running words around
design education and visual communication
authored by chris m hughes

Retracing the BBC's Global Visual Language

Wednesday, 5 October 2011

The BBC is currently testing the beta version of its continuing Global Visual Language 2.0 project, which began back in 2008 when the corporation reviewed its sprawling online offering, and decided to try and unify its visual and interaction design.

What followed mirrored the general trend in web design in the last few years - wider, centered page layouts, an underlying grid system, and a magazine-style presentation full of larger headline fonts, colour-coded sections, better use of whitespace, and comprehensive accessibility features - and all controlled with css.

The BBC commissioned Neville Brody's Research Studios to create 'a modern British aesthetic', with innovative navigation and structure, a robust content management system, and a more satisfying user experience.

The result was the current module-based layout, launched late in 2009, which will soon be superceded once the beta site is finalised. The new offering will feature an improved content grid, set into a sliding jquery, and even more whitespace. You can read all about the project, and see some good examples of the colour scheme, navigation bars and grid layouts, in a great post on the BBC blog, which I've linked to at the bottom of this article. And here's a screenshot of the beta -

BBC Beta

What makes this continuing design evolution really interesting is that the BBC site contains links to old reportage in the layout and format of the relevant times - and this provides us with an arcane peek into the distant past of web design. Bear in mind that the BBC has always had development money, and each iteration was amongst the best of its time, at least in terms of presenting daily updated information to a broad audience.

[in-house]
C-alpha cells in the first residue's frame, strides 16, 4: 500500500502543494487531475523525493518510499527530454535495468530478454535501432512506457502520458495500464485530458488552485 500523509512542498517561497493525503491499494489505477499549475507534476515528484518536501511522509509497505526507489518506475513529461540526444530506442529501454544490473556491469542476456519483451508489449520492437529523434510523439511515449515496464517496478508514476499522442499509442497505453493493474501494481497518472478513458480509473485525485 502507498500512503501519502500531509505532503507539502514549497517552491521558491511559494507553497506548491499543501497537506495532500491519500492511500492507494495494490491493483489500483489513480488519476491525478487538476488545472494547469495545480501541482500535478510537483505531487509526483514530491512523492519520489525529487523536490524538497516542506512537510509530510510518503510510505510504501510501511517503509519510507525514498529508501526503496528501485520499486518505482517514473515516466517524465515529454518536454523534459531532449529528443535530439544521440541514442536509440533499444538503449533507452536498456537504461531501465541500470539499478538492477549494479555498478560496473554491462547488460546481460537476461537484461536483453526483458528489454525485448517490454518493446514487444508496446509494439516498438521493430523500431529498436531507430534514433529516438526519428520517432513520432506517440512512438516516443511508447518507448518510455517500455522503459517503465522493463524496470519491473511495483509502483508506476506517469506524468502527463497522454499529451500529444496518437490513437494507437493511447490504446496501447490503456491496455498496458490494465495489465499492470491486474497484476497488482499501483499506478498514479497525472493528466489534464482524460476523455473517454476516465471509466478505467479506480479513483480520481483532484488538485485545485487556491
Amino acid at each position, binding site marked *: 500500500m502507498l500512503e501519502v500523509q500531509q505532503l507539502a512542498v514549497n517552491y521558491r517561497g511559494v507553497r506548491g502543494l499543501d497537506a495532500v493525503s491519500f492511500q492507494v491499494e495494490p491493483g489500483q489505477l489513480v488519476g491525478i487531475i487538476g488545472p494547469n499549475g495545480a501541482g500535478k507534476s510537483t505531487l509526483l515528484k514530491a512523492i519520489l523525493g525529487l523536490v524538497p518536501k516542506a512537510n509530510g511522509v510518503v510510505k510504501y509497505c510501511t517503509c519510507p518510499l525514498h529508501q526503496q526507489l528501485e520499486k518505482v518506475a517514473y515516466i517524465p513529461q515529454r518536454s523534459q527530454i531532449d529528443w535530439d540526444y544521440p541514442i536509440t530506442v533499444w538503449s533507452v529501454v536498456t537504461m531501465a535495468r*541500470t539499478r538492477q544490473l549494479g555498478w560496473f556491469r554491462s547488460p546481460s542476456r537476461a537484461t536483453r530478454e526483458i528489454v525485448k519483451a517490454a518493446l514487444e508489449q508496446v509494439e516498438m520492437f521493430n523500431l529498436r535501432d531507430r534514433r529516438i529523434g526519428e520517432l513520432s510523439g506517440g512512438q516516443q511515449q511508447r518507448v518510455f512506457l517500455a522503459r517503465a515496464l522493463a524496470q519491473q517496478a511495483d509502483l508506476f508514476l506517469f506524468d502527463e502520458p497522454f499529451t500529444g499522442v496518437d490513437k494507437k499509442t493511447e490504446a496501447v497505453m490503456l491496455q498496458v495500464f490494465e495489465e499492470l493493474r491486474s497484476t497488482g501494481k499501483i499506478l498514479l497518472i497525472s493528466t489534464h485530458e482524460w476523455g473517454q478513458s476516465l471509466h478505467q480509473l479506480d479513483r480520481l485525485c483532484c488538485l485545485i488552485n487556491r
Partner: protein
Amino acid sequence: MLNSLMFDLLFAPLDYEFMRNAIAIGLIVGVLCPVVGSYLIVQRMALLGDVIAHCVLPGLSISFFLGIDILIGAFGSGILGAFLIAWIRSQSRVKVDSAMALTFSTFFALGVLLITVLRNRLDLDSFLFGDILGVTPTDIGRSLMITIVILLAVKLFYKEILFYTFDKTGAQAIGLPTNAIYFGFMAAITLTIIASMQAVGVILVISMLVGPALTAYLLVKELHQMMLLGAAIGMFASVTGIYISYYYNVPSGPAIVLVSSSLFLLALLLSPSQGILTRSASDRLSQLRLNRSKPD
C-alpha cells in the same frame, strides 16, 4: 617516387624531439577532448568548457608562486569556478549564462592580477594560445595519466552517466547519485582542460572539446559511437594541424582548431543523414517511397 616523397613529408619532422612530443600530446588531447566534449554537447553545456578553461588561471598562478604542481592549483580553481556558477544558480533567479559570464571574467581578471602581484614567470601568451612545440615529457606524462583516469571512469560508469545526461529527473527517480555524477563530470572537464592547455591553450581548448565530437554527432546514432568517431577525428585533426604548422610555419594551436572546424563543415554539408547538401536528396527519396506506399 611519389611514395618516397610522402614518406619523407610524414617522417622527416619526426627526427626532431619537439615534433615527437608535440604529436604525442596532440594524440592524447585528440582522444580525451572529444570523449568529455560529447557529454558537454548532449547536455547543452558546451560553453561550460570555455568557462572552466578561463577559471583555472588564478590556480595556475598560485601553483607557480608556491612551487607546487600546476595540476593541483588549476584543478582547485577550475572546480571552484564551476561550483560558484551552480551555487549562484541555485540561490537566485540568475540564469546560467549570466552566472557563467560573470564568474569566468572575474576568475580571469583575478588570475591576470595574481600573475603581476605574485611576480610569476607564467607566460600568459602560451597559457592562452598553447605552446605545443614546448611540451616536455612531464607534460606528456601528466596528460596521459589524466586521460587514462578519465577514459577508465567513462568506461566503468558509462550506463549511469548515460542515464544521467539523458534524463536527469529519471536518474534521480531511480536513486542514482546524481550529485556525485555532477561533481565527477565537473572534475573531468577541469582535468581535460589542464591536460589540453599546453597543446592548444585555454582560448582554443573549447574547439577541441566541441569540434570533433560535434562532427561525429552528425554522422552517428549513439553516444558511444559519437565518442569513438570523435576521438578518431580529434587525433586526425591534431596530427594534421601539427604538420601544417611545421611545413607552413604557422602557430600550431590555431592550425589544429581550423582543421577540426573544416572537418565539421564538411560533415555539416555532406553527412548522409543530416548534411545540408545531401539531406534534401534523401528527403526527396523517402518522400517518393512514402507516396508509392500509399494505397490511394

To demonstrate this remarkable visual development, we can use a nice story from earlier this week, when the BBC reported on the joint winners of the Nobel prize for Physics. To see this in action, follow the links below in order, clicking back to this page to access each link -

Here is the current page featuring the article. At the foot of the page, there is a short list of related links.

Click on this one first:
Mysterious force's long presence - this is the BBC site in 2006. It has three columns, laid out using tables, and is set to 800px wide. Above the footer are three rudimentary module boxes in a centered position, and blockquotes and floated images feature in the central column. The site also has externally linked css files.

Now go back and choose this one:
Distant supernova shows Universe defies gravity - this is the BBC site in 2001, three columns, laid out in tables and set to 600px wide. Note the column-filling image and right-aligned section menus. All the styles are inline, and Verdana is the dominant font.

And finally go back and click on this one:
Universe's expansion speeds up - this is the BBC site in 1998, a by today's standards, its a real shocker. Three columns, laid out in tables and 600px wide. All the content feature inline styles and clunky table borders. Underlines are the only text decoration on the hyperlinks. This website is looking back almost as far in time as the cosmologists in the article were.

Modern cutting edge web design is moving towards responsive layouts, where media queries are being used to re-orient websites to narrower layouts for the various devices we now access the web on. The effect is not unlike browsing through these BBC versions, although the user experience is almost unrecognisable.

BBC Online @ wiki
BBC's Global Visual Language 2.0